Bruxism (teeth grinding)

Written by Katherine Nicholls
Katherine Nicholls
Hypnotherapy Directory Content Team

Reviewed by Faye Hatch
Last updated 21st November 2023 | Next update due 20th November 2026

Bruxism is the medical term for teeth grinding and clenching of the jaw. Most people will grind their teeth to a degree, without any symptoms or complications. When the grinding becomes persistent, however, it can lead to dental damage, headaches and earache.

The teeth-grinding action that occurs with bruxism is unconscious. This is why hypnosis for bruxism can be effective, as the therapy works on an unconscious level. Stress and anxiety are often linked to teeth grinding; two issues that can also be addressed with hypnotherapy.

Here, we look into how to stop teeth grinding and how hypnosis for bruxism can form part of your treatment plan.

What is bruxism?

Characterised by jaw clenching and teeth grinding, bruxism can lead to dental damage and jaw problems. Thought to affect around 8-10% of the population, the condition is classified into two categories - awake bruxism and sleep bruxism.

Awake bruxism, as its name suggests, happens when you’re awake. Usually, there’s no teeth grinding, just jaw clenching in response to certain stimuli. Sleep bruxism happens when you are asleep and generally involves both grinding and jaw muscle contractions.

The condition is then further broken down into primary and secondary bruxism. The primary type occurs without any prior medical condition, while the secondary type takes place when another medical or psychiatric condition is present. Secondary bruxism, for example, can be associated with medications, recreational drugs and mental health conditions like depression and anxiety.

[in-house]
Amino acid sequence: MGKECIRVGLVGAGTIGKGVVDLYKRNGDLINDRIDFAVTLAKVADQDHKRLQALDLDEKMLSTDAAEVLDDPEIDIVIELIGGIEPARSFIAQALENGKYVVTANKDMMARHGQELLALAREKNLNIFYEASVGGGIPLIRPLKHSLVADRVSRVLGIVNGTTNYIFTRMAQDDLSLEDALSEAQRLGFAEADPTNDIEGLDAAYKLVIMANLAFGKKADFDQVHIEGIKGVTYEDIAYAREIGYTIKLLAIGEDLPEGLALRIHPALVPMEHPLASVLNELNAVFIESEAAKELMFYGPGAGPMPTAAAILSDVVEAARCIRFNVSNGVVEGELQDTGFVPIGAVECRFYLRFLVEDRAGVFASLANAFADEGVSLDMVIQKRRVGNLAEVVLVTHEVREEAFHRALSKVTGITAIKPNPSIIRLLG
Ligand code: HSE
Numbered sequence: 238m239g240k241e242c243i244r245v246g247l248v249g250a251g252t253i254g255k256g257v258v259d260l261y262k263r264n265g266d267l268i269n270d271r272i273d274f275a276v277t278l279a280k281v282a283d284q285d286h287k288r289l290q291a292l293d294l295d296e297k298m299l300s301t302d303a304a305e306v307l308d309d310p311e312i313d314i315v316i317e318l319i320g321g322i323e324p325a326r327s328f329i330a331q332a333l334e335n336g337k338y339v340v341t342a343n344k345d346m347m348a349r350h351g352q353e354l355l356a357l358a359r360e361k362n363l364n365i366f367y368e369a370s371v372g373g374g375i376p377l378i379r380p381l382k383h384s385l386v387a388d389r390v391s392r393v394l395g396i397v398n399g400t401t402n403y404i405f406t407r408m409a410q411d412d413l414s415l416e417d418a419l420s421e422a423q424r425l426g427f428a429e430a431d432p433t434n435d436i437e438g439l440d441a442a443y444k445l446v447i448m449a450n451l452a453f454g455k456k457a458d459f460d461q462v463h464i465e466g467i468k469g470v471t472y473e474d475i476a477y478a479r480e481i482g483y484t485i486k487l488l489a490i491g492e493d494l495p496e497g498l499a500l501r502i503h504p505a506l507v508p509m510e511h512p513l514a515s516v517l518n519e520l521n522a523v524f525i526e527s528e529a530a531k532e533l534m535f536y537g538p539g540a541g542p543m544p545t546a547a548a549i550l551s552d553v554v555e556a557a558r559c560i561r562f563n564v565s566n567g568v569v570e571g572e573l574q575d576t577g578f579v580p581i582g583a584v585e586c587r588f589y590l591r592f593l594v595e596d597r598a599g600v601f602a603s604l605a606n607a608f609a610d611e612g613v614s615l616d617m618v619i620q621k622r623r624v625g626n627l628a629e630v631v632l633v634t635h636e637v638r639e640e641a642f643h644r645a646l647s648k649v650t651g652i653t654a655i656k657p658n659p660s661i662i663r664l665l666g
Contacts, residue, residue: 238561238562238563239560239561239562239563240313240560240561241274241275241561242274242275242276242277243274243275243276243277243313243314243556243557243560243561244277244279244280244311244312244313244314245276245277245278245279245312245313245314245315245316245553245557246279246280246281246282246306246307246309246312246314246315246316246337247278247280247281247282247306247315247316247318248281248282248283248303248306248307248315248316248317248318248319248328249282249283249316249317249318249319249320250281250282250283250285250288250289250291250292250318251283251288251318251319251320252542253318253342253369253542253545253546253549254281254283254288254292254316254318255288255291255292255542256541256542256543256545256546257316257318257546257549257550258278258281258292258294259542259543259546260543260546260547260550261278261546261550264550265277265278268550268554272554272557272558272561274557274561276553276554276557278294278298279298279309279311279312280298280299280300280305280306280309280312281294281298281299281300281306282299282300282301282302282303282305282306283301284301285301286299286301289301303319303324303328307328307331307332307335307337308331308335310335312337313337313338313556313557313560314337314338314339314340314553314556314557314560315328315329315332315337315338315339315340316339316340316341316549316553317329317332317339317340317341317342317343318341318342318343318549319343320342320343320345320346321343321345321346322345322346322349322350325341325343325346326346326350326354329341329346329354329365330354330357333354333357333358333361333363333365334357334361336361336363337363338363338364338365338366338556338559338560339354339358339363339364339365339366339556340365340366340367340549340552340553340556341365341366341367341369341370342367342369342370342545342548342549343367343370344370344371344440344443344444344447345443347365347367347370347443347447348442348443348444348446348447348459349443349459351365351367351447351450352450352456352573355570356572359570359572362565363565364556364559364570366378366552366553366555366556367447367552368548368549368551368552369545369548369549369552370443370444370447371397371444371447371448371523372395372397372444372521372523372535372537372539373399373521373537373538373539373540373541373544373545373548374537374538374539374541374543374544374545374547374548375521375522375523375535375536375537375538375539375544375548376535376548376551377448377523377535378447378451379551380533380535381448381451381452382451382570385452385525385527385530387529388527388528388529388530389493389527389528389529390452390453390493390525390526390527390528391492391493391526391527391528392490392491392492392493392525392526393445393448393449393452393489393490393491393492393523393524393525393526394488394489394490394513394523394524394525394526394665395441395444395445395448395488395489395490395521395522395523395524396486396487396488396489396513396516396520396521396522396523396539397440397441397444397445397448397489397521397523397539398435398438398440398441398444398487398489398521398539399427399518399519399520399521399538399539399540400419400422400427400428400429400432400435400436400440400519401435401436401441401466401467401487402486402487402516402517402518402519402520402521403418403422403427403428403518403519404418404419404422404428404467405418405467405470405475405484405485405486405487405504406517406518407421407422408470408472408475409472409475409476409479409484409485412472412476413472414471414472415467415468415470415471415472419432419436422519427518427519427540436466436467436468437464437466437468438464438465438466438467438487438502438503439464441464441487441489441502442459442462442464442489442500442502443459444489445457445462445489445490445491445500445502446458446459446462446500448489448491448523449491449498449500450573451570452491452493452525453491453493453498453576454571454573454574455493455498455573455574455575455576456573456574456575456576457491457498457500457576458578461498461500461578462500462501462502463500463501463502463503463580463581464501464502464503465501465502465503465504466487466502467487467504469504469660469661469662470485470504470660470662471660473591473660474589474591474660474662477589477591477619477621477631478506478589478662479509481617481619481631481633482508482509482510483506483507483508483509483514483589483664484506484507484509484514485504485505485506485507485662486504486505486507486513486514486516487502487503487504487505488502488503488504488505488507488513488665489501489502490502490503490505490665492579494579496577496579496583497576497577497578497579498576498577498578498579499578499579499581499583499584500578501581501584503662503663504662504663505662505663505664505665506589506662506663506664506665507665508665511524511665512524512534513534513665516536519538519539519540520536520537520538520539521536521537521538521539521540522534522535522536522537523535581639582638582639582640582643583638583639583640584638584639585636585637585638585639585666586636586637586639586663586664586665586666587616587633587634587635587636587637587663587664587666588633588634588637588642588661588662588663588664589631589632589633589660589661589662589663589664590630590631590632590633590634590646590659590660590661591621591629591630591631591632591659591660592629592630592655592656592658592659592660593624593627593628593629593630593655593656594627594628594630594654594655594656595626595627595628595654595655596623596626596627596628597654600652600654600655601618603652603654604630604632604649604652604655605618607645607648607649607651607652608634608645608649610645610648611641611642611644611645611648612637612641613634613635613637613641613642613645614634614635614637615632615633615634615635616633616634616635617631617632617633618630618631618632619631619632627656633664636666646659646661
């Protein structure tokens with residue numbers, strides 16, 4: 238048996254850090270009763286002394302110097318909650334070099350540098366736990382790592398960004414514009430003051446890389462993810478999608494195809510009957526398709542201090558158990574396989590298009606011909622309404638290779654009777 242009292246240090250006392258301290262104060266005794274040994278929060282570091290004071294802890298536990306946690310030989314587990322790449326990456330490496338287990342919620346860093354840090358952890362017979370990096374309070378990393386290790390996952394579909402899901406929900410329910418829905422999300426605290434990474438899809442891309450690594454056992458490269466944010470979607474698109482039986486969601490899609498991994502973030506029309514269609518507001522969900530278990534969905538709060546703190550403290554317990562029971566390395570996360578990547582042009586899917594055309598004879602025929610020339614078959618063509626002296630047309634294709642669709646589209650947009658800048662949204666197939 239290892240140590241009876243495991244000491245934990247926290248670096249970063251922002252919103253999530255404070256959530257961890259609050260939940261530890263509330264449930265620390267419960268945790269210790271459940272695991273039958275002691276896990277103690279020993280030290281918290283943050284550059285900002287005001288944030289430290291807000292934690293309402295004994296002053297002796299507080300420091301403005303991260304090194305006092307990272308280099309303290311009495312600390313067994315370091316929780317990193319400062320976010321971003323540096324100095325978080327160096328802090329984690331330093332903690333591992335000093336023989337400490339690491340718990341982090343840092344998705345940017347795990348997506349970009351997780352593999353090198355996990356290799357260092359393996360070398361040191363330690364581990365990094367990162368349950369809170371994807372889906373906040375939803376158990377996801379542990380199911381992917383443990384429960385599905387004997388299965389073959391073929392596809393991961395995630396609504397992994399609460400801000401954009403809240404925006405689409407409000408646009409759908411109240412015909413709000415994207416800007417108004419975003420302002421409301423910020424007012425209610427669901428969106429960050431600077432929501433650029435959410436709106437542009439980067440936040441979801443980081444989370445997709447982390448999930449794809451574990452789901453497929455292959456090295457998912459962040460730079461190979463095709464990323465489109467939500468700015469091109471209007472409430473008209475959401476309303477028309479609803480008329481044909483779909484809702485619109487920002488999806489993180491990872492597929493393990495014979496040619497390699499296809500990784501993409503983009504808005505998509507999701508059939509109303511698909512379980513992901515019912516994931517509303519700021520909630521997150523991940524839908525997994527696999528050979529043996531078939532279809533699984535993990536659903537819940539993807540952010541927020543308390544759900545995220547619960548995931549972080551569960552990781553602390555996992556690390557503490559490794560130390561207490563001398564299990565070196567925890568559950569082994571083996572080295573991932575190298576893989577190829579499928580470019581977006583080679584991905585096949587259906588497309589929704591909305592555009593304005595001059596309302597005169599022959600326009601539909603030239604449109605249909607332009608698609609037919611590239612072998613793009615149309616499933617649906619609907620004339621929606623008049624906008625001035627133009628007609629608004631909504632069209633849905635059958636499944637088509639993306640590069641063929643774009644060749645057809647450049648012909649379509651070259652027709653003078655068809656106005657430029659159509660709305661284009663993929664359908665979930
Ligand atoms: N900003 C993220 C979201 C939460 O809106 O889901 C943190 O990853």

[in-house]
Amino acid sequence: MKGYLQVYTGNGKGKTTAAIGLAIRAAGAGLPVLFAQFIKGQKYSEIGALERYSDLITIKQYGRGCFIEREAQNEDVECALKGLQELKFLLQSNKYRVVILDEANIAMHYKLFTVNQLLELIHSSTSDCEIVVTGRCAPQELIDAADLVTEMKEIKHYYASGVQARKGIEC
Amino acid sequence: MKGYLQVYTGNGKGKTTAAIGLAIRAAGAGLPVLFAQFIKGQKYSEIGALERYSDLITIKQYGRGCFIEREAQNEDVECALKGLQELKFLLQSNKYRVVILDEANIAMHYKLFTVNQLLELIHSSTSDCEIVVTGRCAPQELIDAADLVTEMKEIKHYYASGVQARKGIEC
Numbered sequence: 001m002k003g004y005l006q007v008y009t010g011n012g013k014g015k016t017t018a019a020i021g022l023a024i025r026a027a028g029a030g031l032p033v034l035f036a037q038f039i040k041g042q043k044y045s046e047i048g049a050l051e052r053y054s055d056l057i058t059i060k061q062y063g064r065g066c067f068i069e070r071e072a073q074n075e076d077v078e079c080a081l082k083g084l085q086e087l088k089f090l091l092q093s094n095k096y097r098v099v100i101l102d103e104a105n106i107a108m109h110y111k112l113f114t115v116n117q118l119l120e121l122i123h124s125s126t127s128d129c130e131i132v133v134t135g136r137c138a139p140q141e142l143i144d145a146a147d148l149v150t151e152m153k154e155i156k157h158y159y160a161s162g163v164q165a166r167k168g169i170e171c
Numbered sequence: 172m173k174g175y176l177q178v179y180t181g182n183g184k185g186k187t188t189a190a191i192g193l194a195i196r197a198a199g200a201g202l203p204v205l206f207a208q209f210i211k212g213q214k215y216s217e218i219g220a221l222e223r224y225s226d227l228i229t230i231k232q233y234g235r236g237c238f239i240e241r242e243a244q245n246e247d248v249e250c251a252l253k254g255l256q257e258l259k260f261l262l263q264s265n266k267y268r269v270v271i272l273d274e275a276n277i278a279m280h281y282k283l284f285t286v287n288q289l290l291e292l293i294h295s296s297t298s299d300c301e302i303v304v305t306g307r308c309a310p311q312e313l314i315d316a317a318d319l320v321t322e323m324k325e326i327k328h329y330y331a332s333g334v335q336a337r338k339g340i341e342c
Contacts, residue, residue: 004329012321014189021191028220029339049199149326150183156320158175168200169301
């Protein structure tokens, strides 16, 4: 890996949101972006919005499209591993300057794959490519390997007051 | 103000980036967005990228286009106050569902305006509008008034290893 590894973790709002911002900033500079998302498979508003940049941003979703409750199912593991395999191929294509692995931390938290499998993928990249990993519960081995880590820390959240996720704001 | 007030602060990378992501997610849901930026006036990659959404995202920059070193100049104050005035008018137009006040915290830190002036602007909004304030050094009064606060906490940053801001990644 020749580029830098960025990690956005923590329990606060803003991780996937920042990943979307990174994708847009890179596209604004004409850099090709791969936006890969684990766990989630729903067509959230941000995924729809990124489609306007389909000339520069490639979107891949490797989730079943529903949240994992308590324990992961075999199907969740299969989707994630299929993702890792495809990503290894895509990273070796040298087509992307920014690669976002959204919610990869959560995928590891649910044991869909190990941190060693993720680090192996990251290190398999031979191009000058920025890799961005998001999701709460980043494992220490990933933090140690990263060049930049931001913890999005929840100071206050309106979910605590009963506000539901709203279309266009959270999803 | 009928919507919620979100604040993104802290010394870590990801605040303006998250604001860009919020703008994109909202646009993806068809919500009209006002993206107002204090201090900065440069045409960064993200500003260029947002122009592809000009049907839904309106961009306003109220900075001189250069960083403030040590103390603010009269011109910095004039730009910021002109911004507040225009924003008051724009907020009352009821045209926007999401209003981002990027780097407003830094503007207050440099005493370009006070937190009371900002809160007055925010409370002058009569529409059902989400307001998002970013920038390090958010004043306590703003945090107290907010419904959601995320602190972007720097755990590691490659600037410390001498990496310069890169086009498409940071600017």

Stress and anxiety are known to exacerbate teeth grinding during sleep. The condition has also been linked to sleep disorders as it tends to occur during periods of wakefulness.

The effects of bruxism will vary from person to person depending on the severity of the problem. There are long and short-term effects including the following:

Short-term effects:

  • earache
  • headaches
  • facial myalgia (aching jaw and facial muscles)
  • sleep disruption
  • limitation of mouth opening
  • inflamed/receding gums
  • excess tooth mobility

Long-term effects:

  • tooth wear and breakage
  • Temporomandibular Joint Disorder (TMJ)

What causes bruxism?

In some cases the cause of bruxism is unclear. To get to the root cause, it’s helpful to visit your doctor to assess your symptoms and any factors which may be contributing. Take a look below for common causes:

Stress and anxiety